There’s nothing wrong with speculation — as long as we admit it’s speculation, and don’t get too carried away by it.
Here’s mine. Assuming this dog is a regular at the wharf, maybe he discovered one day that he could revive dying fish by splashing them with water, and maybe he remembers that. Maybe he is trying to get them to move again. Maybe that’s because death saddens him, or maybe it’s because they’re more fun to play with when they’re flopping around.
Most of us are taught — in school, and in training for careers — to avoid using the word “maybe,” as it could maybe make us appear uncertain and plagued by self-doubt, the sort of person who would flip flop.
Not to splash water in your face, but I think, just maybe, that’s a mistake.
Posted by John Woestendiek August 14th, 2014 under Muttsblog, videos.
Tags: animals, awwww, buzzfeed, certainty, docks, dog, dog and fish, dog trying to save fish, dogs, emotions, fish, fish and dog, humans, internet, interpretations, maybe, pets, reality, rescue, revive, save, speculation, taiwan, thailand, truth, video, viral, websites
No surgical procedures were involved — thank God — but Japanese artist Aki Inomata and her dog, Cielo, have exchanged hair.
As an artistic exploration into the relationship between pets and their owners, Inomata has made a coat out of her own hair for her dog to wear, and a cape out of her dog’s hair, which she can be seen modeling above.
An art installation that displays both coats, and a video of the process, is entitled, aptly enough, “I Wear the Dog’s Hair, and the Dog Wears My Hair.”
The coat exchange was an exercise in empathy, Inomata says.
“I have had various pets, and do so now as well,” Inomata is quoted as saying in an article on DesignBoom.
“I believe that all people who have pets wonder at some point whether their pet is happy, and I face the dilemma of whether it is right to make a living creature into a pet. Within this context, I have had these animals appear in my artwork.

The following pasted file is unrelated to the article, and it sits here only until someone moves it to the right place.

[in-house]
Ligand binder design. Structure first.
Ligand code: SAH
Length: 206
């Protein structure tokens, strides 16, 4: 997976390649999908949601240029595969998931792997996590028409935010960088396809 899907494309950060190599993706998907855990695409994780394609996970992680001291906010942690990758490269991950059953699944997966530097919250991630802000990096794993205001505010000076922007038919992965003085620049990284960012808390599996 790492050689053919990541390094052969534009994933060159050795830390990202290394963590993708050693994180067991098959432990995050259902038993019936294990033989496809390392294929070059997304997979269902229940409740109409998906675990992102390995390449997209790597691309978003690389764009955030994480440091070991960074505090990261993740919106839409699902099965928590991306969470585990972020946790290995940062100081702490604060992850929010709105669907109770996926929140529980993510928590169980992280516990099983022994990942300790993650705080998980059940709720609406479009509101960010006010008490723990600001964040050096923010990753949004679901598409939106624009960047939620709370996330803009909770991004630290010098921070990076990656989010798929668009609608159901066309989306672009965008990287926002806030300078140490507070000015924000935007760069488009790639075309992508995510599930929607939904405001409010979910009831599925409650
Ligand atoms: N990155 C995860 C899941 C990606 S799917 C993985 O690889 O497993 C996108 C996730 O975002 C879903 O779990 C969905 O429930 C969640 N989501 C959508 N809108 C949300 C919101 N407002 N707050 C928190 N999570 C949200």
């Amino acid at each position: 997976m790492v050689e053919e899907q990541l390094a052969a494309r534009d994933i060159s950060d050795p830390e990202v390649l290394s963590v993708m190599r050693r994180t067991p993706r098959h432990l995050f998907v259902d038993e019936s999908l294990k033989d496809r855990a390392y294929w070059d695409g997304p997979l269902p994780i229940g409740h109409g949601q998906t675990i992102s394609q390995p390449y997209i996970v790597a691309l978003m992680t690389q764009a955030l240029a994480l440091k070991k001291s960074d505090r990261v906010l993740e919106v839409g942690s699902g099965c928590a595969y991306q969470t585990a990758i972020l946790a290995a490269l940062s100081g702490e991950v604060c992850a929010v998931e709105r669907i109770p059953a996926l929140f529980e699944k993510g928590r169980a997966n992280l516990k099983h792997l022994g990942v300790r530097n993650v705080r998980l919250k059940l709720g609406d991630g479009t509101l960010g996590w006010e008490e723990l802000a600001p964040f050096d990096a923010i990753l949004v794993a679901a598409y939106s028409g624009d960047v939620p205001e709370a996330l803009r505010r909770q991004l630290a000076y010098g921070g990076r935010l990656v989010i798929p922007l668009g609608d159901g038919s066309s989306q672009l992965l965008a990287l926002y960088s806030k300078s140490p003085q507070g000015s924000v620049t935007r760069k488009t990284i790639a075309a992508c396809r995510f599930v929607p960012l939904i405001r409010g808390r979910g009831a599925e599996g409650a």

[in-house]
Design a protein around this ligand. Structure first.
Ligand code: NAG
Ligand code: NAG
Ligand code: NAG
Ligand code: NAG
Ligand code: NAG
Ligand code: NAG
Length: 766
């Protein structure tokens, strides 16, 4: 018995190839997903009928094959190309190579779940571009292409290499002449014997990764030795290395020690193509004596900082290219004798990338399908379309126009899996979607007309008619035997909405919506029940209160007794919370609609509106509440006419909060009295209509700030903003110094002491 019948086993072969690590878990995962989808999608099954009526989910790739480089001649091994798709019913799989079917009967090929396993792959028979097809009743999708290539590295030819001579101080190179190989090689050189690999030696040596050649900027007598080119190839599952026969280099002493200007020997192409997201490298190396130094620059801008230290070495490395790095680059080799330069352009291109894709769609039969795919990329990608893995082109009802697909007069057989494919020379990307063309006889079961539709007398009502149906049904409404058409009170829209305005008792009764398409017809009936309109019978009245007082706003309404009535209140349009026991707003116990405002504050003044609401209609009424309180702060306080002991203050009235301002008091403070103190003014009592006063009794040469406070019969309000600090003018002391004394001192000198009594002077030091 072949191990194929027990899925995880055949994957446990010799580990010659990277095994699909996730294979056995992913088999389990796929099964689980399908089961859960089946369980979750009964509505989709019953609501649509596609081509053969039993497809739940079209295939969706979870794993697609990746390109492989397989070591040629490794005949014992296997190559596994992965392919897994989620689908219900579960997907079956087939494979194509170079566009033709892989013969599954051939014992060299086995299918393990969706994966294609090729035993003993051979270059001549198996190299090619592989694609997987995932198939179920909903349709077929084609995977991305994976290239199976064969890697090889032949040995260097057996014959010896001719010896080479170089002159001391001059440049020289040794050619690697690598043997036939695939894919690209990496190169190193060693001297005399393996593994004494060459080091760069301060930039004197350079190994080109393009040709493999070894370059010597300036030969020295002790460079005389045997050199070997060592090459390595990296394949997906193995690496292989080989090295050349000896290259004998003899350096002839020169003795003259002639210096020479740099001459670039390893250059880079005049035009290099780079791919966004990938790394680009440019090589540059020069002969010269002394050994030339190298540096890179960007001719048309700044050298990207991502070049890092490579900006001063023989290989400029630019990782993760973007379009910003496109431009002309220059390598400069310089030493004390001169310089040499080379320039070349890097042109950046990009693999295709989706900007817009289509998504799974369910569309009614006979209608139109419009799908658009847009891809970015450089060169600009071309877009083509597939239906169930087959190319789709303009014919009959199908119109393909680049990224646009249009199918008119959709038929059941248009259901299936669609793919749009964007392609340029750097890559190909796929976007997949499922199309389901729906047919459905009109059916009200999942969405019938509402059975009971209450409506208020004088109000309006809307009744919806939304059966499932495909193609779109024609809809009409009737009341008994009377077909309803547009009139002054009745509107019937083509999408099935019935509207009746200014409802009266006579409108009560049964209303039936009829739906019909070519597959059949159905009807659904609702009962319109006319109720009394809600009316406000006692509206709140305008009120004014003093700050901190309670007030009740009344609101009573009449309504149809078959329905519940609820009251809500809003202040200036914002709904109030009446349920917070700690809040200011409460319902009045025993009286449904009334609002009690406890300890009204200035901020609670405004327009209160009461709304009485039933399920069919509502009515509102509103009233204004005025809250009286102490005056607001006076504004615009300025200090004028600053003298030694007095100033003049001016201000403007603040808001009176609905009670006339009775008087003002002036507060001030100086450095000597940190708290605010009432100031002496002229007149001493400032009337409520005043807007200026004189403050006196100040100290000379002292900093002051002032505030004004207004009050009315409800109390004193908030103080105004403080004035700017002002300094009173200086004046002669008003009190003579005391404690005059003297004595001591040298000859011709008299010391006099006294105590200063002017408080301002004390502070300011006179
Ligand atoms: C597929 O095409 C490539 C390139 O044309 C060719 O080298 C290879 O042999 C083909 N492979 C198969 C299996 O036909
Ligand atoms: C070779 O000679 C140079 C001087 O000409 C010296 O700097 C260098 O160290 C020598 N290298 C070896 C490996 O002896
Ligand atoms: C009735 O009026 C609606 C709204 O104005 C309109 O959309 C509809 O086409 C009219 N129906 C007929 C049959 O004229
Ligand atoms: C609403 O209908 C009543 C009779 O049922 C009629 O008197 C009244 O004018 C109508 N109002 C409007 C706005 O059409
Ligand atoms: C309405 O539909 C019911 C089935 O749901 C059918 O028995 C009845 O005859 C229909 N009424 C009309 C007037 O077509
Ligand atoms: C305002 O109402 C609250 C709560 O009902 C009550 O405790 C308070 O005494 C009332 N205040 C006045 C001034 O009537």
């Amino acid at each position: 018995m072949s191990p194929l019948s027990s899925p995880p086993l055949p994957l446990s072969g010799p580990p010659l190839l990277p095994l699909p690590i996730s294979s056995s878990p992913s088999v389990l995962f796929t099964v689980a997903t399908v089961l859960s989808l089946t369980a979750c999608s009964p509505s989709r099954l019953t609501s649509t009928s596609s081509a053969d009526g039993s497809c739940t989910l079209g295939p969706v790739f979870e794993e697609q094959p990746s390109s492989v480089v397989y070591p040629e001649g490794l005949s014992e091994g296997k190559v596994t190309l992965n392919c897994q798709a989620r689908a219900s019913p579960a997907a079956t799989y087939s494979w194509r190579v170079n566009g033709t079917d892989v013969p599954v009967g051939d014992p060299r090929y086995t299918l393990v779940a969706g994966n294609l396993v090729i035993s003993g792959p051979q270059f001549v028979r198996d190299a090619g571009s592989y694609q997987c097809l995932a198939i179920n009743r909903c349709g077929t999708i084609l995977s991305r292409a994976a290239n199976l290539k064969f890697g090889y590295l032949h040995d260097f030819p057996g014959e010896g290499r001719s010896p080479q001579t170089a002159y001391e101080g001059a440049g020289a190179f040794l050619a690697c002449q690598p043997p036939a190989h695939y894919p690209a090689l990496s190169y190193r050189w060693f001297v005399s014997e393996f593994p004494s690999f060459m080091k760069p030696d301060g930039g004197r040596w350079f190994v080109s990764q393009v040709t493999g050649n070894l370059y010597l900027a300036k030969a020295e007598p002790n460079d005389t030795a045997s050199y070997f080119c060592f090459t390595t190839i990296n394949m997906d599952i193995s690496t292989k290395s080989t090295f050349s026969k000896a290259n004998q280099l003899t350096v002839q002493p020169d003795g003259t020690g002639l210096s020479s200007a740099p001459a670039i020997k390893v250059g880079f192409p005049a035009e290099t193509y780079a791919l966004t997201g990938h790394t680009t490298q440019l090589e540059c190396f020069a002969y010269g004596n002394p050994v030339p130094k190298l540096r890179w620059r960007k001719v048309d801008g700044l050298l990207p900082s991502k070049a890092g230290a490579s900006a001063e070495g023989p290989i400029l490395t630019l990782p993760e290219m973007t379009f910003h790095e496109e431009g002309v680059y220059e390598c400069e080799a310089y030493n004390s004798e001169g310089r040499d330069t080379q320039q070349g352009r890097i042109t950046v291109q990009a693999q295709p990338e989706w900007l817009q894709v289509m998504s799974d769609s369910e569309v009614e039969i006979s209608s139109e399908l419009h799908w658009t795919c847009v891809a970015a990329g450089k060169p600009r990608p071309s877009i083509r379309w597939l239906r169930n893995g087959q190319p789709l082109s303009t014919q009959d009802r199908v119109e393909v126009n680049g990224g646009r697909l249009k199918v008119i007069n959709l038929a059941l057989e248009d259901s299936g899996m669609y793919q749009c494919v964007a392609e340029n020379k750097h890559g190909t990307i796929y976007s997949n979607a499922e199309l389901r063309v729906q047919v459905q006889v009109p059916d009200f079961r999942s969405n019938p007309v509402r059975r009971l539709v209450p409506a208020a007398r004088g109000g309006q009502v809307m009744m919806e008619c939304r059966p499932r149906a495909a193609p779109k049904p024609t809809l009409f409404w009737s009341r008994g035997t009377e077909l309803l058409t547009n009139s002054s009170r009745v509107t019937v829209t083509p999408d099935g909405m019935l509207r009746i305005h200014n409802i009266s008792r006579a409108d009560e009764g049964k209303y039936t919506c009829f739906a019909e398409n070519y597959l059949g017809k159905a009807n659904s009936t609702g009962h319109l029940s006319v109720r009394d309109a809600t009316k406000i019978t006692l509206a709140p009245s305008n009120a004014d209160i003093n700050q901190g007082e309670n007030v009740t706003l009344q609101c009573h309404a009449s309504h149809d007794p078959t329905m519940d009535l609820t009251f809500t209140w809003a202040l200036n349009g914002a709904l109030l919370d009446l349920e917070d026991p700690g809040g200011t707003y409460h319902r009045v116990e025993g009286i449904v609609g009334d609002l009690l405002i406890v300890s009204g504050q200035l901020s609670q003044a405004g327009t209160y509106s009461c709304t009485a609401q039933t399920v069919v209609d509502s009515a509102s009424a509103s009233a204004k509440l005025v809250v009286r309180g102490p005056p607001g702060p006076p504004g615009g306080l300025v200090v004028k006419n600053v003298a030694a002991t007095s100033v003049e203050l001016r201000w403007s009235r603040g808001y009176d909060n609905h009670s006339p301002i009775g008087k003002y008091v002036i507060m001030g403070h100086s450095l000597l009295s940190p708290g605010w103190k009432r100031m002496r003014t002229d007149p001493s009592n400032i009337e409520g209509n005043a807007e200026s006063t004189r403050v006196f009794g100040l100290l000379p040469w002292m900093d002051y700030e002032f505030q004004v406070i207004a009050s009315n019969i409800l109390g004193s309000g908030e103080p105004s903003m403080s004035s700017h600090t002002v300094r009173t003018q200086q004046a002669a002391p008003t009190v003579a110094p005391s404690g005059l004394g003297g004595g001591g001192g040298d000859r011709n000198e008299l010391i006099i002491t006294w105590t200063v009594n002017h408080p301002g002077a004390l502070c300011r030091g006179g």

“My works take as their starting point things that I have felt within everyday experiences, and transplant the structure of these experiences analogically to the modes of life of the animals. The concept of my works is to get people to perceive the modes of life of various living creatures by experiencing a kind of empathy towards them.”
Posted by John Woestendiek August 12th, 2014 under Muttsblog.
Tags: aki inomata, animals, art, artist, bond, cielo, coats, connection, dog art, dogs, dogs and humans, empathy, exhange, fur, hair, humans, i wear the dog's hair, japan, pets
This mostly friendly game of soccer between a dog and a turtle gets a little rough at times — but then so does human soccer.
Valeria D’Innocenzo Carlantoni in Civitavechia, Italy, a small town near Rome, posted the video of her dog and an unusually speedy turtle on her Facebook page.
At the very end of it, the turtle, after having the ball taken away, appears to snap at the dog’s hind leg.
Where have we seen that before?
Posted by John Woestendiek July 9th, 2014 under Muttsblog, videos.
Tags: 2014, animals, ball, behavior, bit, bite, bites, bitten, dog, dogs, funny, humans, pets, play, snap, soccer, sport, suarez, turtle, videos, world cup
Hang around long enough — whether you’re a YouTube video or a Labrador retriever — and you might find some love.